Helping young people manage anxiety, depression, substance abuse and sleep problems will be the focus of a new digital mental health platform.
Federation University Professor of Digital and Mental Health Britt Klein is part of a multi-university team awarded a $5 million grant to develop the platform.
"The advantage of digital mental health platforms is that we can now better reach all Australians regardless of circumstance and offer accessible forms of assessment and treatment," she said.
"This project will not only deliver a new digital model of care for Australian youth, but it will also deliver a new generation of mental health researchers mentored by established leaders in the digital mental health field."
Professor Klein said it will be a world first to have such a comprehensive integrated platform for youth mental health in development.
Australia is yet to develop, implement and test, a comprehensive digital model of psychological care for youth.
It is absolutely imperative we look at ways to improve mental health outcomes for young people.Professor Britt Klein, Federation University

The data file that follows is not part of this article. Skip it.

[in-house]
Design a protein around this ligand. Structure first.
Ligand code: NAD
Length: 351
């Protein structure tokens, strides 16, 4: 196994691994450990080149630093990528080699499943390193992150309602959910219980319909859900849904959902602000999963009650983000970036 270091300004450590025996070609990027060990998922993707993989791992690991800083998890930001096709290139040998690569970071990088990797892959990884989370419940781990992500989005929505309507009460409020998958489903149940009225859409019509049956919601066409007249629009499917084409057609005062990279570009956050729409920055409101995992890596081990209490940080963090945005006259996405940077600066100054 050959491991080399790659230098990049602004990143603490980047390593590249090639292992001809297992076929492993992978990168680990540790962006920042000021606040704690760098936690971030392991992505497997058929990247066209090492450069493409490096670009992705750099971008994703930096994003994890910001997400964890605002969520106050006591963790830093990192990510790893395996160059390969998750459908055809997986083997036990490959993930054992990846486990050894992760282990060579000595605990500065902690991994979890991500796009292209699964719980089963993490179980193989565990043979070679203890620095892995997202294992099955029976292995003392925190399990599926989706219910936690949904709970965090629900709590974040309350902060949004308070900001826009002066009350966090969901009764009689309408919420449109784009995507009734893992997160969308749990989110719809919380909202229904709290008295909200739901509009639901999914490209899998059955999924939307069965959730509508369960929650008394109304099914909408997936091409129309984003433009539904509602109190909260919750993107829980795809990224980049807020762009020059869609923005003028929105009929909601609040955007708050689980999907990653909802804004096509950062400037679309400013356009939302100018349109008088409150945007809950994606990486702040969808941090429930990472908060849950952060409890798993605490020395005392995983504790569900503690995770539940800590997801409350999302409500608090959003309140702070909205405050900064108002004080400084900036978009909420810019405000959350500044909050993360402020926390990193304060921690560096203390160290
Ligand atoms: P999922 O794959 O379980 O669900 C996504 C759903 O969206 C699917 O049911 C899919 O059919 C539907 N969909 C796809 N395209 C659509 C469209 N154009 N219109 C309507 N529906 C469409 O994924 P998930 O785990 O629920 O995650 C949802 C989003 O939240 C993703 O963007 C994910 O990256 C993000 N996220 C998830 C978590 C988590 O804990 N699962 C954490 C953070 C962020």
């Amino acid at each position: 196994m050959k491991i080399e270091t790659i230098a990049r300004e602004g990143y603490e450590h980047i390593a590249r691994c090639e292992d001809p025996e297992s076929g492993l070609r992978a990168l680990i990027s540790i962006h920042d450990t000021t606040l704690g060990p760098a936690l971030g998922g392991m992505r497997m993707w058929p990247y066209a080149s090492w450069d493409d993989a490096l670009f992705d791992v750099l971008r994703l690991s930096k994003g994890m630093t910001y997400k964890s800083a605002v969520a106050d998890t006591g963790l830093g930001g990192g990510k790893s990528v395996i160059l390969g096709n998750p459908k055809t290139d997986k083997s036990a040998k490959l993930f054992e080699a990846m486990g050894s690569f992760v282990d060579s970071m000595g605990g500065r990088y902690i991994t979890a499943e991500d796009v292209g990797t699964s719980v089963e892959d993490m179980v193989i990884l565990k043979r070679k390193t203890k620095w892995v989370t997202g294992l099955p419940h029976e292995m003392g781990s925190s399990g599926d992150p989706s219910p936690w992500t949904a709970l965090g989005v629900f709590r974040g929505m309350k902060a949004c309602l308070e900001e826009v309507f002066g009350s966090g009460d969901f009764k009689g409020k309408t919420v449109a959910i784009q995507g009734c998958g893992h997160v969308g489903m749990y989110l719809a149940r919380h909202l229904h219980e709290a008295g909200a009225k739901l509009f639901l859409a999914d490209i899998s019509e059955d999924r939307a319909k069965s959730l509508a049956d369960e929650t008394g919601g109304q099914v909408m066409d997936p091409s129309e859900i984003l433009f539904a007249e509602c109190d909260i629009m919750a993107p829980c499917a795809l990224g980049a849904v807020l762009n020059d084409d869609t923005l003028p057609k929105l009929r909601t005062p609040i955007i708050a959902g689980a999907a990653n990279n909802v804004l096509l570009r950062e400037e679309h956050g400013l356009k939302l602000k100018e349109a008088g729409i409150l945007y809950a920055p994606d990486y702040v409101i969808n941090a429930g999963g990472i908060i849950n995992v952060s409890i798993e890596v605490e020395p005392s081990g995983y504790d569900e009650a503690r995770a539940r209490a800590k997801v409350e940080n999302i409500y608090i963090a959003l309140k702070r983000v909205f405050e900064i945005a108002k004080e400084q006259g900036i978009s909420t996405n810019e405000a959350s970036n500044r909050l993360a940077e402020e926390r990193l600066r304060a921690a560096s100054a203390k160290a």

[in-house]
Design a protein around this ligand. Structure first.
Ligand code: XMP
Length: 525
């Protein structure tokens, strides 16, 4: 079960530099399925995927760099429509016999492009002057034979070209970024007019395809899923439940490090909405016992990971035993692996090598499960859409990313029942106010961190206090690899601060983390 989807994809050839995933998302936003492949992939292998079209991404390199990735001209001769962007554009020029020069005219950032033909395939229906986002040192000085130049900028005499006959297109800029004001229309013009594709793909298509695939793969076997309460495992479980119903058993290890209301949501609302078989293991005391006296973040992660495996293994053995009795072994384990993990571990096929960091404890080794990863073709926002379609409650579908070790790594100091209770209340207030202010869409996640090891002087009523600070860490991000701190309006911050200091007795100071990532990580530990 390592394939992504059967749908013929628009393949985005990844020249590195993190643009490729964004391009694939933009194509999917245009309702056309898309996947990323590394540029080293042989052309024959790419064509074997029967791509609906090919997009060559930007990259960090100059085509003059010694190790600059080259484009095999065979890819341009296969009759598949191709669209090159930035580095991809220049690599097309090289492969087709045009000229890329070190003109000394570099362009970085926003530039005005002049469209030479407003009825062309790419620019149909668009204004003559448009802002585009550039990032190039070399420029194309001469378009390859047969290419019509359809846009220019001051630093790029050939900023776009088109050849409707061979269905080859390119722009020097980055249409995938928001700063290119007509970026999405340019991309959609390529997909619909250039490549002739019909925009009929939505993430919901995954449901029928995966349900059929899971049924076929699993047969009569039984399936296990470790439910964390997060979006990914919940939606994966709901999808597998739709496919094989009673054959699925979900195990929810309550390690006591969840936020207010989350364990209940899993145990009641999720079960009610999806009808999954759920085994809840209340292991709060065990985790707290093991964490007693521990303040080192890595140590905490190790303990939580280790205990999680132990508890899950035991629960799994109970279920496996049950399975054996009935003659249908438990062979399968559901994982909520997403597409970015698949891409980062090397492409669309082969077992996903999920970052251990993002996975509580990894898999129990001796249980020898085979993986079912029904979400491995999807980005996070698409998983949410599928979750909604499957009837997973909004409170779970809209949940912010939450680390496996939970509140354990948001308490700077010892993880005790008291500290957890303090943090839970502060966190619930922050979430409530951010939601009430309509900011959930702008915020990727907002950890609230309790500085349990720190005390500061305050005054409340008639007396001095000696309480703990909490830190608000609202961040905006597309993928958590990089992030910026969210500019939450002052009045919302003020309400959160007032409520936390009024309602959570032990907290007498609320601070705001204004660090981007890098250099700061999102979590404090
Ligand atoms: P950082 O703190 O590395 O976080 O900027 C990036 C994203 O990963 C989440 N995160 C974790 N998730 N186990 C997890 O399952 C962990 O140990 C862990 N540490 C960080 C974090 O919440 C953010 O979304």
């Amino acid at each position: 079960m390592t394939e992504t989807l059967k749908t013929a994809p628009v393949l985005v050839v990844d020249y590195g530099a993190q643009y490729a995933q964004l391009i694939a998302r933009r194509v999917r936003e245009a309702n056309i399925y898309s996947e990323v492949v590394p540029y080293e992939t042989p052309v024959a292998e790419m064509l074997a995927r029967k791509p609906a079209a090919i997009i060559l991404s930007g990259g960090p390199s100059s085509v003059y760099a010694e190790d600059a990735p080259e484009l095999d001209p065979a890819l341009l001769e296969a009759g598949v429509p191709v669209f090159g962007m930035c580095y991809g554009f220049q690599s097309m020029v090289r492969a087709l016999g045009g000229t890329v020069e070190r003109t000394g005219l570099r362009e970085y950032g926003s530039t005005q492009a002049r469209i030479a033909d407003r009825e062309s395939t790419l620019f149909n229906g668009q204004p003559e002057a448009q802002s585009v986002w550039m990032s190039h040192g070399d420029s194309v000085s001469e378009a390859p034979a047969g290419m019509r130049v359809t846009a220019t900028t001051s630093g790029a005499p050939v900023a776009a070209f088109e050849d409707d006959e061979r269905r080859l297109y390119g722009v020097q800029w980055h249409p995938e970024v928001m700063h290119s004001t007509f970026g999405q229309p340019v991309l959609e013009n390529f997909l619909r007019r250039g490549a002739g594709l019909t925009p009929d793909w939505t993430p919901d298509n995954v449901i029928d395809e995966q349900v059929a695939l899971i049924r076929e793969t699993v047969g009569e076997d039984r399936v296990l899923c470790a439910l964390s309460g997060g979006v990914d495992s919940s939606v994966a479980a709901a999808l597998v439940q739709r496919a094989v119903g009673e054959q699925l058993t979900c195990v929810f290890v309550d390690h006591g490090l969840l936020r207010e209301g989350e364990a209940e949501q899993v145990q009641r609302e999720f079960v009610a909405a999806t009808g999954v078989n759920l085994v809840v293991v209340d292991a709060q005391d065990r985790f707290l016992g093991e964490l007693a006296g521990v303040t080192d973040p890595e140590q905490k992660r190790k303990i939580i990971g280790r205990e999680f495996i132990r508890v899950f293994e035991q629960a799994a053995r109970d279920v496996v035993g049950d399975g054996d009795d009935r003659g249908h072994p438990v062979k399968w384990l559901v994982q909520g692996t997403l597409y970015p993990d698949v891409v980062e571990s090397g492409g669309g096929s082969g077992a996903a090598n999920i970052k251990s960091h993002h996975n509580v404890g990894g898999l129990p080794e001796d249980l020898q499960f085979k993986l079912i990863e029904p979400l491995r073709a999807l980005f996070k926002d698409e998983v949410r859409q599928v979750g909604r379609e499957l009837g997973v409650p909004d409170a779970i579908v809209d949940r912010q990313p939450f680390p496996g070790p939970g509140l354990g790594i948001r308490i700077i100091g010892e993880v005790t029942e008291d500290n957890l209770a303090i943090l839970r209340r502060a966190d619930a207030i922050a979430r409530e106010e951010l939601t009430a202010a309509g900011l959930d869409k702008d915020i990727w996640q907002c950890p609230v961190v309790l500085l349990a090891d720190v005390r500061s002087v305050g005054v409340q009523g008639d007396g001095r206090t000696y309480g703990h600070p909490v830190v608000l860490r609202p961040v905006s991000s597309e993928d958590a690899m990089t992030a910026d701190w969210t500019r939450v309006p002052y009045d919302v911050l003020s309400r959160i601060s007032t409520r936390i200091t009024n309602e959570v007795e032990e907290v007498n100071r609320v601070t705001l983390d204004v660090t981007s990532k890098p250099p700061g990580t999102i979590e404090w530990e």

Data shows 50 per cent of Australian youth afflicted with mental health problems receive help of any kind, and only two per cent receive specialist intervention.
Professor Klein said past research had found some people felt more confident and comfortable seeking out face to face services after connecting with online mental health services.
"By utilising digital intervention platforms, we can reach all Australians regardless of circumstance and offer accessible, cost-effective, evidence-based forms of assessment and treatment," she said.
"It is absolutely imperative we look at ways to improve mental health outcomes for young people."
The model of the Million Minds Mission digital platform includes four components: detection and referral, assessment, feedback, treatment planning and motivational enhancement, and intervention.
The program will target youth with depression and anxiety, the two most common mental health problems afflicting young Australians.
Modules will also target sleep, substance use, motivation, suicidality, social difficulties and unhealthy lifestyle behaviours.
The project team is led by Associate Professor Sonja March from the University of Southern Queensland.
Other Universities involved in the five-year project include Griffiths University, The University of Queensland, Queensland University of Technology, and The Australian National University.
The project will also involve local, state and national organisations and support agencies, including Kids Helpline, Education Queensland, Children's Health Queensland Hospital and Health Service, West Moreton Hospital Health Service, Darling Downs, West Moreton Primary Health Network and Aftercare.